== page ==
Romney debate ad focuses on economy, Medicare

Romney focuses on economy, Medicare, Social Security with new debate ad

Associated Press

WASHINGTON (AP) -- TITLE: "The Choice"

LENGTH: 30 seconds.

AIRING: Romney's campaign said it will air in swing states and nationally.

KEY IMAGES: The ad uses video from Mitt Romney' town hall-style presidential debate with President Barack Obama in Hempstead, N.Y., to attack the president's performance over the past four years. Besides some on-screen writing to emphasize certain points as Romney speaks, the only addition to the video is some somber background music.

"The president has tried, but his policies haven't worked," Romney says. "Median income is down $4,300 a family and 23 million Americans out of work. He said that he'd cut in half the deficit. He just hasn't been able to put in place reforms for Medicare and Social Security to preserve them. That's what this election is about. It's about who can get the middle class in this country a bright and prosperous future and assure our kids the kind of hope and optimism they deserve."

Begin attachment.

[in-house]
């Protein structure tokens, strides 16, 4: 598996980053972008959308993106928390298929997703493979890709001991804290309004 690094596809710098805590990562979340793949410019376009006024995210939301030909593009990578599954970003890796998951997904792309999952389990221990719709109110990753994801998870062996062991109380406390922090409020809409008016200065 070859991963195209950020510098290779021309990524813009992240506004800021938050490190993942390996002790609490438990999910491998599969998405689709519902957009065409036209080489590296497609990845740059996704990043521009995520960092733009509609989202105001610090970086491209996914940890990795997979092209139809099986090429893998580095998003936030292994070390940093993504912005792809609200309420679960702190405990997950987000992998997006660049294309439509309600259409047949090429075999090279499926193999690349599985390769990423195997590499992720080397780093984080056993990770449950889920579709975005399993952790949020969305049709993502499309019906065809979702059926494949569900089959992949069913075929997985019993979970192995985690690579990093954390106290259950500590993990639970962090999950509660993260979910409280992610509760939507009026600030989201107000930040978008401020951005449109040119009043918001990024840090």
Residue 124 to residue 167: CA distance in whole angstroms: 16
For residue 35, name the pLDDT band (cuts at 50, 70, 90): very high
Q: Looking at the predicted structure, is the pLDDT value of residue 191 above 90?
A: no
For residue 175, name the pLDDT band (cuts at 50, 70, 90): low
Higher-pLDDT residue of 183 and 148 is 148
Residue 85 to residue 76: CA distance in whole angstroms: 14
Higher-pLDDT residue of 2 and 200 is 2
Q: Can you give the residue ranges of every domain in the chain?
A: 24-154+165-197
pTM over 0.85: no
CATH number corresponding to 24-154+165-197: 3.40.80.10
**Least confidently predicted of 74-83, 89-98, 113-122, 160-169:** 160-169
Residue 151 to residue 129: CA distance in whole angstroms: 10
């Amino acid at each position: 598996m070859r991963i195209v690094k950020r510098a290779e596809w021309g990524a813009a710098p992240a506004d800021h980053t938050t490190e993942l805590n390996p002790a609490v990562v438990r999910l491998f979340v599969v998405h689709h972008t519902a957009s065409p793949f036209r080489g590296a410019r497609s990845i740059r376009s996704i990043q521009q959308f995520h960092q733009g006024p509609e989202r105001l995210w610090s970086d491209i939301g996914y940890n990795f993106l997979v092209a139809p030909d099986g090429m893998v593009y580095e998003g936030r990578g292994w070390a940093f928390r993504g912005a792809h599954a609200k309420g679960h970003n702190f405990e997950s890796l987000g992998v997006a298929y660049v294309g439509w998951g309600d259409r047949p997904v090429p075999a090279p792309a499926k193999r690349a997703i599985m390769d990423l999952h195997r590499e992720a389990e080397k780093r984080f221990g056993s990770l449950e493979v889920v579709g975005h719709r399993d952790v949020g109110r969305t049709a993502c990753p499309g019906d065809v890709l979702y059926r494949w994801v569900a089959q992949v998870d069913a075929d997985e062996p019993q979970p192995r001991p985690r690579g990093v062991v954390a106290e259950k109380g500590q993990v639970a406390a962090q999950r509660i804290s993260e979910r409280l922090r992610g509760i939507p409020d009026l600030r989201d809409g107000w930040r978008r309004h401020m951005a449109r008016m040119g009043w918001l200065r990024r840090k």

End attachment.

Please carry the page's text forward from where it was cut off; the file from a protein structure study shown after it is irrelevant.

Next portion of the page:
ANALYSIS: Romney uses one of his strongest moments from the debate in an ad designed to hammer home his economic message. The clip chosen by Romney's campaign is a part of his core campaign message, though some of his statements are misleading.

Median income is down under Obama, but Romney's assertion that 23 million Americans are out of work is an exaggeration. That figure actually combines those who are unemployed, those who are working part time when they want full-time jobs and those who have given up looking for work. Romney's rhetoric also ignores the fact that Obama inherited an economy that was hemorrhaging jobs — at one point as many as 800,000 jobs were being lost each month — and seems to place all the blame at Obama's feet for an economic collapse that begin under President George W. Bush.

Romney is correct that Obama failed to keep a campaign promise to cut the deficit in half. Obama has argued that he couldn't keep that promise once he understood the scope of the country's economic problems and pushed for a costly government stimulus program.

Romney is likewise correct that Obama has done little to reform Medicare and Social Security. But that's not totally his burden to bear. There's been little appetite from anyone in Congress from either party for widespread changes to the programs. Romney's own running mate, Rep. Paul Ryan, has been one of those who have called for changes to Medicare that include significant cuts.

Using a clip from Romney's debate performance is designed to give voters the impression that Romney had a strong outing, and it lets the campaign use footage it rarely gets — the challenger Romney on stage, standing as an equal to Obama.

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